The exhibition Archaeology of the Screen, open at the Kumu Art Museum, Tallinn, Estonia, uses various media to excavate our origin stories, our friendship with satellites, the wisdom of space cats and much more. The exhibition is an international development of the curator project The Archaeology of the Screen. The Estonian Example, which took place in the autumn of 2017 at the Bozar art center in Brussels and was curated by Eha Komissarov.
In Brussels, the display was based on the image of Estonia as an innovative e-state, involving artists who see it as their role to transfer reality to virtual and social space. At Kumu, the line-up is complemented by an international group of artists who interpret from a new angle such topics as digital security, relations between the screen and historical technology, and the criticism of visual culture.
The exhibition mainly focuses on phenomena that interest the artists currently working in Estonia. Thus, the display includes various types of documentary and staged tales, works dealing with the specifics of analog and digital technologies, multimedia installations and different computer- and web-based developments.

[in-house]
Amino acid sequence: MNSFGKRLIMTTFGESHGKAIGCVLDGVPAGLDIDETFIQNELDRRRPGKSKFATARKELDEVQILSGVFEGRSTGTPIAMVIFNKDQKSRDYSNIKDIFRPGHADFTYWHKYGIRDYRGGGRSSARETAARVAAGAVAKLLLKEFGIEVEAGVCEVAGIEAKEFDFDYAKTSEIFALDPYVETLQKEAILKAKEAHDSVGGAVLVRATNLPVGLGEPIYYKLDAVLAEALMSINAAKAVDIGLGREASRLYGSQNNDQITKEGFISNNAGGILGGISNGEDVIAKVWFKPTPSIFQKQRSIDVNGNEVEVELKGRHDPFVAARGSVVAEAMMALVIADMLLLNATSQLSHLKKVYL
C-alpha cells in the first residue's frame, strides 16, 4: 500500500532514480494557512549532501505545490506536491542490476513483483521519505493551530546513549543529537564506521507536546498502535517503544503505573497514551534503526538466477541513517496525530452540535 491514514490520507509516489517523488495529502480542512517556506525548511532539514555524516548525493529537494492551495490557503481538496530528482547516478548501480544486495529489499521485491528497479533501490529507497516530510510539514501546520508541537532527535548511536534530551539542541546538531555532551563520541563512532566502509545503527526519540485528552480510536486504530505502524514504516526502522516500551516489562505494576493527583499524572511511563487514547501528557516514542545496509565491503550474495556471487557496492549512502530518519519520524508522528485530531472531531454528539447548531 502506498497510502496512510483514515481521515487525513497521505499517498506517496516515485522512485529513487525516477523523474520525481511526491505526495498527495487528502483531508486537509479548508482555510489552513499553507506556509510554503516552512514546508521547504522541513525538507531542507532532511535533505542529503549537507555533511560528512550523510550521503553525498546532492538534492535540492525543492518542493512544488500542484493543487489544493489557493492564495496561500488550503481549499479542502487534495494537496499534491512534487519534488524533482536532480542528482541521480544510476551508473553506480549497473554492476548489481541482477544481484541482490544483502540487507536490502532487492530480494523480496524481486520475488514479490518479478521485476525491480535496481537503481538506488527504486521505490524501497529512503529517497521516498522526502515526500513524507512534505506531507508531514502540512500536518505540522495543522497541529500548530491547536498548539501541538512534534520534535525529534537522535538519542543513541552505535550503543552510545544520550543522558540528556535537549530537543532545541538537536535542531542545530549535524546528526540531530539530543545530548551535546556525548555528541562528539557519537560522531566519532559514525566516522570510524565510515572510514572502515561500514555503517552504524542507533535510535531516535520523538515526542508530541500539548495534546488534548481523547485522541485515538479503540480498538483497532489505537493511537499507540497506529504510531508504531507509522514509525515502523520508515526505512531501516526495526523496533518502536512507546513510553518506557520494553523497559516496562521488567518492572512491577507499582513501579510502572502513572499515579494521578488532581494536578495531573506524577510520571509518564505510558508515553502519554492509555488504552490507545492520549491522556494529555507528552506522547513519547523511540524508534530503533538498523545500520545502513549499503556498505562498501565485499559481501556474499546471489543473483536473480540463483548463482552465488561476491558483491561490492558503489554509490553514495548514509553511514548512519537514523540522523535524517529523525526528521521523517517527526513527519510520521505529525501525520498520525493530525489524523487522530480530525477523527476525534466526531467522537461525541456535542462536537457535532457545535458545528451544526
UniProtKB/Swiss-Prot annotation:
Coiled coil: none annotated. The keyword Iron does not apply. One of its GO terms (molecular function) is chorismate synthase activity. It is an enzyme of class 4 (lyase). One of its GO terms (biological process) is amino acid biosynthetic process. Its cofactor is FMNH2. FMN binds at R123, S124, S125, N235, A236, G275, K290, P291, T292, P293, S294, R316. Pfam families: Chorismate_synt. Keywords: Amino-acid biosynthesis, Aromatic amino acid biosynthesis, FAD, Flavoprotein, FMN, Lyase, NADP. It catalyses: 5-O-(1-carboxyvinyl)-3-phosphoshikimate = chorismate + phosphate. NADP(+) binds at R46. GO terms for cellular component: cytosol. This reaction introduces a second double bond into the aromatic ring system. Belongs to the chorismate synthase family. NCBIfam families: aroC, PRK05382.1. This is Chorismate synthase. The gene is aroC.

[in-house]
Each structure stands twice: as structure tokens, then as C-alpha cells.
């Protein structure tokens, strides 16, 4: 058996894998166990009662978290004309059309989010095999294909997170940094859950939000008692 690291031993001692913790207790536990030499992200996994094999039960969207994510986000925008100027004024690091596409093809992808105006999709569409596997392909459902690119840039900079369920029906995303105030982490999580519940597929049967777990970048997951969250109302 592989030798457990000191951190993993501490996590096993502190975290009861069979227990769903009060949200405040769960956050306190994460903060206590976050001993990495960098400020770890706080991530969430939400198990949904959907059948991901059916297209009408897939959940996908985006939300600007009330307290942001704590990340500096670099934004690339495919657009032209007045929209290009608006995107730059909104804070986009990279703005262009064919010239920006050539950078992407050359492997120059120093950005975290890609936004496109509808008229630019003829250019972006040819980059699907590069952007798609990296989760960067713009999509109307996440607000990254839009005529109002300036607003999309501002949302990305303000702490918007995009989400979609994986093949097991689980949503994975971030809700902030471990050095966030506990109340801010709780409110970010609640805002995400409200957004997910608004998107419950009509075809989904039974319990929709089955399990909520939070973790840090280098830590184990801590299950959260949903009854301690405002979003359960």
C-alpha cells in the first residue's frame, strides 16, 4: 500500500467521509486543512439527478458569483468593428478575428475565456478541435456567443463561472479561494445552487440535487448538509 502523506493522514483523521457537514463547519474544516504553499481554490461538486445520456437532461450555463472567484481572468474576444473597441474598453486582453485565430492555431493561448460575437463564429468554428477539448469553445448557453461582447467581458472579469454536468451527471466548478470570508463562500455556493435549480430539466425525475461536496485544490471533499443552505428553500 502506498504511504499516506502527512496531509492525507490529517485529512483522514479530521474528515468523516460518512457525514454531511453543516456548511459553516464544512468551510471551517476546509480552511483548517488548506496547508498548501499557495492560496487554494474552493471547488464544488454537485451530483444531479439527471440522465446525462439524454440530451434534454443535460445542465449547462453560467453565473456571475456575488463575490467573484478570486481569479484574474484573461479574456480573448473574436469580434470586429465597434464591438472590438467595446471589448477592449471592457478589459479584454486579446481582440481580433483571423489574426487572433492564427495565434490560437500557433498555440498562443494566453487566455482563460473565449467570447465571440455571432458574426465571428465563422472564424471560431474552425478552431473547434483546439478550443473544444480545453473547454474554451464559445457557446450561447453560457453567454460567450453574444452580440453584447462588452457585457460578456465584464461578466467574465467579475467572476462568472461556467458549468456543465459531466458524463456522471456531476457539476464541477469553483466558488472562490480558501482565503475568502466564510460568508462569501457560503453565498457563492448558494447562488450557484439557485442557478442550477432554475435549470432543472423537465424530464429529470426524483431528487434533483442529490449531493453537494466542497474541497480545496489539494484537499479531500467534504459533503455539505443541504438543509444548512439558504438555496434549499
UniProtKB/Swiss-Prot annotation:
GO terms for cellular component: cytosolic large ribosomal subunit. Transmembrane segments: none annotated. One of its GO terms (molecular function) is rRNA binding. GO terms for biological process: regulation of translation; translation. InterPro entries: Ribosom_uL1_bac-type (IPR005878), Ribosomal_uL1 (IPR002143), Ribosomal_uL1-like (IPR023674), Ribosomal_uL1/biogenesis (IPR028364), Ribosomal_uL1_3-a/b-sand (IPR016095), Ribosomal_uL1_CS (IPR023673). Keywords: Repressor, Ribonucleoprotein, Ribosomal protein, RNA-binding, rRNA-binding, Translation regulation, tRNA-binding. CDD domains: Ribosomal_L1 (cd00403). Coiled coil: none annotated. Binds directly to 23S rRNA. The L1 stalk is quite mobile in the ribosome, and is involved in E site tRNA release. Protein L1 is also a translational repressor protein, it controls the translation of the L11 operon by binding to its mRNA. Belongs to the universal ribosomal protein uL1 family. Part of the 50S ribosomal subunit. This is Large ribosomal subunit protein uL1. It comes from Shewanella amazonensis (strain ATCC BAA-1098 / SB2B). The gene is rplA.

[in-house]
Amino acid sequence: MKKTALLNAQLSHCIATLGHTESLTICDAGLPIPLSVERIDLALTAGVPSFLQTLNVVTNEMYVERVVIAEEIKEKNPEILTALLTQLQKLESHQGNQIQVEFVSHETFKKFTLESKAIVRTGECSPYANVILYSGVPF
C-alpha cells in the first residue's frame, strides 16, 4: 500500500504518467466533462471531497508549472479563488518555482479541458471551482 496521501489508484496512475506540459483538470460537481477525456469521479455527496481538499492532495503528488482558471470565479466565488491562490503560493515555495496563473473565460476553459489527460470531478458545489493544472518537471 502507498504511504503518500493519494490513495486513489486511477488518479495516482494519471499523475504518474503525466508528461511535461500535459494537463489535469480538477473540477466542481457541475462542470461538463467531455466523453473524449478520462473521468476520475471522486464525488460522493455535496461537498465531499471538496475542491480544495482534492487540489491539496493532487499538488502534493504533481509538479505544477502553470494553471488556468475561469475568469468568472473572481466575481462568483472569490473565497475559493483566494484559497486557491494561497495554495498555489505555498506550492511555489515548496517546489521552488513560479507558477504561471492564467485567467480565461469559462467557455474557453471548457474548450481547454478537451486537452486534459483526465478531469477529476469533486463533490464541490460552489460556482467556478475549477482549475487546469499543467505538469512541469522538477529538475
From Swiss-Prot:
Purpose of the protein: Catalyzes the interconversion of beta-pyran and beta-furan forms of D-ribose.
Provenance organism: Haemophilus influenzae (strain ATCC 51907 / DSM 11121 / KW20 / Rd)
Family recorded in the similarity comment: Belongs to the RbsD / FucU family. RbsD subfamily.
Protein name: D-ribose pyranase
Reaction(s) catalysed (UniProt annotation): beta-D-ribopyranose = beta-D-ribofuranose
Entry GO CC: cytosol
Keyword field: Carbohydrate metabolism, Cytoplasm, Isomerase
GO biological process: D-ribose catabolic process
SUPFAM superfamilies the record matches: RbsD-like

Unlike several other influential approaches which primarily deal with the screen or video art as phenomena linked to moving pictures, this exhibition follows the approach of Lev Manovich, according to which the screen is a window to a new reality and does not necessarily have to present moving pictures. Thus, we have also included works of art in the discussion which exploit the techniques of photography.
These days, it is hard to imagine either photos or videos without digital processing. It is difficult, if not impossible, to distinguish among videos, films and photos as clearly defined art media. Exhibition’s focus on the concept of the screen follows the logic of the post-media era, preferring to find keywords that unite artists, not concentrate on formal characteristics.
The digital space opens up a multitude of opportunities to construct numerous meta-worlds. In the new landscape formed with the help of technological tools, old meanings are questioned, and art is viewed as an opportunity to ascribe values to new relationships and to fill emptiness with meaning.
Artists: Erik Bünger, David Claerbout, Paul Kuimet, Marge Monko, Deimantas Narkevičius, Rosalind Nashashibi and Lucy Skaer, Taavi Suisalu, Artur Żmijewski, Timo Toots, Ivar Veermäe, Sigrid Viir, Tõnis Vint and Pinar Yoldas
The exhibition Archaeology of the Screen is part of the international programme of festivities organised in honour of the centennial of the Republic of Estonia, consisting of more than a hundred events all across the world.